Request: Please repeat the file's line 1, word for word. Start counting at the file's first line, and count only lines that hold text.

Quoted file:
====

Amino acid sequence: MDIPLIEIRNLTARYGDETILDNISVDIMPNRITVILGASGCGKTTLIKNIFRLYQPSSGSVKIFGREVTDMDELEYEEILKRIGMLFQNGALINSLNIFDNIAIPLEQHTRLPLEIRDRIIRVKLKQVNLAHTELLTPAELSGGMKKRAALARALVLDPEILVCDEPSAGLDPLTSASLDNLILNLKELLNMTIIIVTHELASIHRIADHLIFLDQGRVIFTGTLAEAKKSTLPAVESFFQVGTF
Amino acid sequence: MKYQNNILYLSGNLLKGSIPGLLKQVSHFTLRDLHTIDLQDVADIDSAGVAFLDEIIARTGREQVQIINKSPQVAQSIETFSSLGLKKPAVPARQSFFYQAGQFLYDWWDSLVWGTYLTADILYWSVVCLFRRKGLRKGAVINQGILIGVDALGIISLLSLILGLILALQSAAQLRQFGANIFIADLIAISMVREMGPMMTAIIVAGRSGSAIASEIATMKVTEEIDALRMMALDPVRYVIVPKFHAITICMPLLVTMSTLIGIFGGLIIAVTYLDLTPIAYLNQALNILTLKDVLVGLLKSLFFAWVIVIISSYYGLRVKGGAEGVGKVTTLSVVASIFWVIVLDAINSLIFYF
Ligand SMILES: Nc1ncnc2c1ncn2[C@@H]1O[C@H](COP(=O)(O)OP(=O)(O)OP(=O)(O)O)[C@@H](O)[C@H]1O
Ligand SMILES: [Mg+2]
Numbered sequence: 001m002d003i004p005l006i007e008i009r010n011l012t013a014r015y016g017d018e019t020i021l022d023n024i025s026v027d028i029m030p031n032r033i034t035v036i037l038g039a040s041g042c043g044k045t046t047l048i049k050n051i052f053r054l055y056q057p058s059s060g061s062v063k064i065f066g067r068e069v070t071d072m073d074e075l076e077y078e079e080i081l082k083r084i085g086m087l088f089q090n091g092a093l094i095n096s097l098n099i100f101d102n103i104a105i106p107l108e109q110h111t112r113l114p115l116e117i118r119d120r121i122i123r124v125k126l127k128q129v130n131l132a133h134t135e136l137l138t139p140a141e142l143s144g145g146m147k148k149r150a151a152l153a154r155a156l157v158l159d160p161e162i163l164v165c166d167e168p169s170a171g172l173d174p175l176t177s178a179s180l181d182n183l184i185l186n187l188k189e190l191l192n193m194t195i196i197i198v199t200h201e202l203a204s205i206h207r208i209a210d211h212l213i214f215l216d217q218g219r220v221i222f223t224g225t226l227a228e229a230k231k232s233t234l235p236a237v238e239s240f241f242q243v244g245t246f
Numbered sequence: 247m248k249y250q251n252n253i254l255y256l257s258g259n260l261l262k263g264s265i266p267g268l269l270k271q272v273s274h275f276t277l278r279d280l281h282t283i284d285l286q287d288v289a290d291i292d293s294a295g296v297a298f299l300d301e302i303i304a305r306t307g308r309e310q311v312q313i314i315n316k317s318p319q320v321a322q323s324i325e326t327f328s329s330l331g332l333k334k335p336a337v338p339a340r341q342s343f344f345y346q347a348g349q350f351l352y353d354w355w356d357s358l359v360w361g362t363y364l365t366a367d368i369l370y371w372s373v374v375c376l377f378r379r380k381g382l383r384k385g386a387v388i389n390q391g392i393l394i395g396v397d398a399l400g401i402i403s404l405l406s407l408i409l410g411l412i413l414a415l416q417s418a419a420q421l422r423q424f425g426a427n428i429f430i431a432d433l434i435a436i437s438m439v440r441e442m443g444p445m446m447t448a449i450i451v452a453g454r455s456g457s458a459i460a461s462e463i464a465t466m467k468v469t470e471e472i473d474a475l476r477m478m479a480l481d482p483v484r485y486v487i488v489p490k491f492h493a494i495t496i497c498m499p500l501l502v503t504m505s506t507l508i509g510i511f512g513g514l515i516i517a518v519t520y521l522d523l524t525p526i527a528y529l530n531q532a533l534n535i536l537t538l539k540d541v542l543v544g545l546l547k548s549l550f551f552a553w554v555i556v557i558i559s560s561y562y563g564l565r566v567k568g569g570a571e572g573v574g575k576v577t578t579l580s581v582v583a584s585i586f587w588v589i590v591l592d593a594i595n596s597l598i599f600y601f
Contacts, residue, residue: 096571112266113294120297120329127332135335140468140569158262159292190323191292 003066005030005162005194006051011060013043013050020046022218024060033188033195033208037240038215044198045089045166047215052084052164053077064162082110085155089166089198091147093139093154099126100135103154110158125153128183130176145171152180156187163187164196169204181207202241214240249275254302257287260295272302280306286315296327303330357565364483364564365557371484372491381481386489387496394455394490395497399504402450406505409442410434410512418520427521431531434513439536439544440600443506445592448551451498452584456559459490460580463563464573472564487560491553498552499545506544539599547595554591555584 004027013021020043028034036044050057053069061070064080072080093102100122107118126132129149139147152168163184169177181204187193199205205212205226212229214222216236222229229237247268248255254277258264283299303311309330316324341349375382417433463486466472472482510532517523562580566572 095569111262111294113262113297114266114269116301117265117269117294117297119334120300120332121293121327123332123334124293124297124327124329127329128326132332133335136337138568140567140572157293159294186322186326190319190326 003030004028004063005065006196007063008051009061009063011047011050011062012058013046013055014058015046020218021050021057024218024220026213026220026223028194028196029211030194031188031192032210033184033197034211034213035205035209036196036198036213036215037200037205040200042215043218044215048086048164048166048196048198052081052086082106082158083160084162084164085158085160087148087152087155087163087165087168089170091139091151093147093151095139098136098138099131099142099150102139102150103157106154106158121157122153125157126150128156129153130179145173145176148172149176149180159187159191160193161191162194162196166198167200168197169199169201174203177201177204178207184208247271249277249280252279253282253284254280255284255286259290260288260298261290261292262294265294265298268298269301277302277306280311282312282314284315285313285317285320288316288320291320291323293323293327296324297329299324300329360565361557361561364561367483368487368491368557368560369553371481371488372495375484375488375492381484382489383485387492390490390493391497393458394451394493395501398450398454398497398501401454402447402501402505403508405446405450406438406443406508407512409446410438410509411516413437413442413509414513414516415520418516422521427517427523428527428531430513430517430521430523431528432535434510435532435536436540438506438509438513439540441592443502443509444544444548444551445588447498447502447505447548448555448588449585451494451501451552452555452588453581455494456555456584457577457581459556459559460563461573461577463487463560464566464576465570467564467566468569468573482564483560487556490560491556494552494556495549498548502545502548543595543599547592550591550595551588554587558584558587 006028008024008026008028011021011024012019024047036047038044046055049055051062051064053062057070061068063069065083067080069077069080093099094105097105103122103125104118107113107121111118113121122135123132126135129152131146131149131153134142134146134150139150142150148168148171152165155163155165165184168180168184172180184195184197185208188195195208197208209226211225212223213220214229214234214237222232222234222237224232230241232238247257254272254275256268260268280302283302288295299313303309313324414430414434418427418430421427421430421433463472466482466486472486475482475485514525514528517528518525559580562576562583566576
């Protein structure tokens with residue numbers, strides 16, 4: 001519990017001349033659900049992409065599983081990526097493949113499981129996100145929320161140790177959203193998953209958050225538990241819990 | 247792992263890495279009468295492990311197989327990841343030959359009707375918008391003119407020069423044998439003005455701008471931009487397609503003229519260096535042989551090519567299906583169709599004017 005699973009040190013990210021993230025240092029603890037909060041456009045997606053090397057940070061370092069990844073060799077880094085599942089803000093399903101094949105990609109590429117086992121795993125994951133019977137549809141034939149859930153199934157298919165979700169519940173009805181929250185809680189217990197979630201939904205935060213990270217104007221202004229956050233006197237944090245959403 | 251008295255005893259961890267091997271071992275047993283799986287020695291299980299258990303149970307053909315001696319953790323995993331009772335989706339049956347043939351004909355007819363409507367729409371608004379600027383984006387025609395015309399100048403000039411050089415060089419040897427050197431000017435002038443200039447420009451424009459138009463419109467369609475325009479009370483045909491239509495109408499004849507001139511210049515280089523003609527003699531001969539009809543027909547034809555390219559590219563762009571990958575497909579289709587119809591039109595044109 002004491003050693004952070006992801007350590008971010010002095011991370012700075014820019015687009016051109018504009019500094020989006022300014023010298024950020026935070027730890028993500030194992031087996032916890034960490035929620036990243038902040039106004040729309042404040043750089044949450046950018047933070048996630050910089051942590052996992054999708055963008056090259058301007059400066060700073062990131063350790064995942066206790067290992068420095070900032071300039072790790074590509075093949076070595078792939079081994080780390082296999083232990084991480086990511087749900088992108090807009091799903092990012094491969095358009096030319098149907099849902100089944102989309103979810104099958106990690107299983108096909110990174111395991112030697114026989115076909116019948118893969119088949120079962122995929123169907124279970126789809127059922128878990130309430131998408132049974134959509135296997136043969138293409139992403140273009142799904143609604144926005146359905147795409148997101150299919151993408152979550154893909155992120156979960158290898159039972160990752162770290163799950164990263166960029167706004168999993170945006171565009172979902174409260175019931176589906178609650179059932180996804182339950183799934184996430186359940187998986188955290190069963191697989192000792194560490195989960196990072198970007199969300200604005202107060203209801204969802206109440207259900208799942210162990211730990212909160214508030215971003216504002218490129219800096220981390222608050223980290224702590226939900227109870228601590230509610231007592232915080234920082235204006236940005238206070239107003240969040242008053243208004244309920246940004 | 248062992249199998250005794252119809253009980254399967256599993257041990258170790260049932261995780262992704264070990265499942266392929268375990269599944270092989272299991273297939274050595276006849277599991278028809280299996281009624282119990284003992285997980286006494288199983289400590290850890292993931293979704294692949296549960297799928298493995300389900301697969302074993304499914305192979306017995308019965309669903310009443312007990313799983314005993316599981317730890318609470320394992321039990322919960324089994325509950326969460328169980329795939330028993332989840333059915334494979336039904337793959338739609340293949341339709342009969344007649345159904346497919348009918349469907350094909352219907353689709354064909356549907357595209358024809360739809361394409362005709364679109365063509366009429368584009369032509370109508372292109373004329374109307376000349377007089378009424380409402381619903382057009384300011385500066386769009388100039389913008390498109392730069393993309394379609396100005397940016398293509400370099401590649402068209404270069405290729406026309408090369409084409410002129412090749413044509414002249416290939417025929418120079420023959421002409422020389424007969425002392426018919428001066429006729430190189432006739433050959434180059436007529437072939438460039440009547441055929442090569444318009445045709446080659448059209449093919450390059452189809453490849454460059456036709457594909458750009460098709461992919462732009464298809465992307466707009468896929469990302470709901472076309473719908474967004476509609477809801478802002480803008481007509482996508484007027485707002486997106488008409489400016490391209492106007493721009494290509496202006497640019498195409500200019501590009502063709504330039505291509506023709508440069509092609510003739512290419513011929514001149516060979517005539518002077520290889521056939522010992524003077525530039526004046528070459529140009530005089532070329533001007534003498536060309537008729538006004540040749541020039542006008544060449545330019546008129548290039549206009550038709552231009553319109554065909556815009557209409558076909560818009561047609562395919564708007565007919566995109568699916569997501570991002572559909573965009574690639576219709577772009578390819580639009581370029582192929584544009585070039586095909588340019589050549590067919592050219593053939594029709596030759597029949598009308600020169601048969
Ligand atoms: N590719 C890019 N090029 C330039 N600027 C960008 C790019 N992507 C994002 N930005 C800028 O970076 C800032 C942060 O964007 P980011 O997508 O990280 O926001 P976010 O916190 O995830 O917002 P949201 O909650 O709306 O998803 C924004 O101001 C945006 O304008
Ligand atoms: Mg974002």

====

Amino acid sequence: MDIPLIEIRNLTARYGDETILDNISVDIMPNRITVILGASGCGKTTLIKNIFRLYQPSSGSVKIFGREVTDMDELEYEEILKRIGMLFQNGALINSLNIFDNIAIPLEQHTRLPLEIRDRIIRVKLKQVNLAHTELLTPAELSGGMKKRAALARALVLDPEILVCDEPSAGLDPLTSASLDNLILNLKELLNMTIIIVTHELASIHRIADHLIFLDQGRVIFTGTLAEAKKSTLPAVESFFQVGTF